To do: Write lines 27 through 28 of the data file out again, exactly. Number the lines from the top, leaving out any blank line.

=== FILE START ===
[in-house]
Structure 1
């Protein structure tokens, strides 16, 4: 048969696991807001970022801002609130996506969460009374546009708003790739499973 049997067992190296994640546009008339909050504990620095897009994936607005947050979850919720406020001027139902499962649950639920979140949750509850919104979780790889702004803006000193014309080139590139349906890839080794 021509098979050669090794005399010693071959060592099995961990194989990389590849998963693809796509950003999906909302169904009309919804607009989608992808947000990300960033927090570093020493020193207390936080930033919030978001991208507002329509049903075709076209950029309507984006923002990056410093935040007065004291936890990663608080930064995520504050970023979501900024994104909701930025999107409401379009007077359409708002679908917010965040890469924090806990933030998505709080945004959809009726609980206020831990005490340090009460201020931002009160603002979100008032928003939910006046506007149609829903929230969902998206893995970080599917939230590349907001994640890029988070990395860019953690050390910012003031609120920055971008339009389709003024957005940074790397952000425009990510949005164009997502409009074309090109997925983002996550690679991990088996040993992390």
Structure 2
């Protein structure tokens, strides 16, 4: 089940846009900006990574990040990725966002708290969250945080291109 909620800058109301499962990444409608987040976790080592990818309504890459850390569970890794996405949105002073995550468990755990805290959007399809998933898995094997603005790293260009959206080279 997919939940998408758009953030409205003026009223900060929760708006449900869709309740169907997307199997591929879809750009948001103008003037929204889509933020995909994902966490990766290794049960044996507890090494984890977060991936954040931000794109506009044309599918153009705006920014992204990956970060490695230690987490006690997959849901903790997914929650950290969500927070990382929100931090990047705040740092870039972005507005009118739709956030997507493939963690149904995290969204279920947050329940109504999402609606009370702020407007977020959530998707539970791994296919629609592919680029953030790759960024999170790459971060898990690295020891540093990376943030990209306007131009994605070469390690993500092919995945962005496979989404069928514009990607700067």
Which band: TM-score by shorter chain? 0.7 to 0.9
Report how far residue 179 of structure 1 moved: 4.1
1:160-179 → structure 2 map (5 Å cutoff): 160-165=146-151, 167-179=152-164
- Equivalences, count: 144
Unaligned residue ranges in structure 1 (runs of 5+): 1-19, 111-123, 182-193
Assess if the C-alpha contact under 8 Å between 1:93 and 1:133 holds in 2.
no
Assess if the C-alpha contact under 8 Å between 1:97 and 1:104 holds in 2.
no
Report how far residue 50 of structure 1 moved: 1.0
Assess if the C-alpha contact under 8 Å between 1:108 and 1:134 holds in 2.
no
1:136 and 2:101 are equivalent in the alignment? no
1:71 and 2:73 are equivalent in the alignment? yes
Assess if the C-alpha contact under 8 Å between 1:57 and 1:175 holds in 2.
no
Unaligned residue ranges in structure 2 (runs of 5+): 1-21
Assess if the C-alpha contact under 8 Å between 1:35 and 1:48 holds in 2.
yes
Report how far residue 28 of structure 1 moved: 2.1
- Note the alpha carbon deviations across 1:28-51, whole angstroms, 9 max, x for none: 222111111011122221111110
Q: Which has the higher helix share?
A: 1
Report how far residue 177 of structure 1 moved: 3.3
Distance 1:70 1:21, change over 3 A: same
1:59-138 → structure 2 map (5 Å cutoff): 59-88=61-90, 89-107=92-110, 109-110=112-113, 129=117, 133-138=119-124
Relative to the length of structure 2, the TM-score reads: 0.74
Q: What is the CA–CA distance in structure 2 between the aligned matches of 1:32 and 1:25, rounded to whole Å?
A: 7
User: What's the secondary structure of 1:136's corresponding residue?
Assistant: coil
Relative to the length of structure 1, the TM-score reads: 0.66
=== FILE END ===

Q: Which has the higher helix share?
A: 1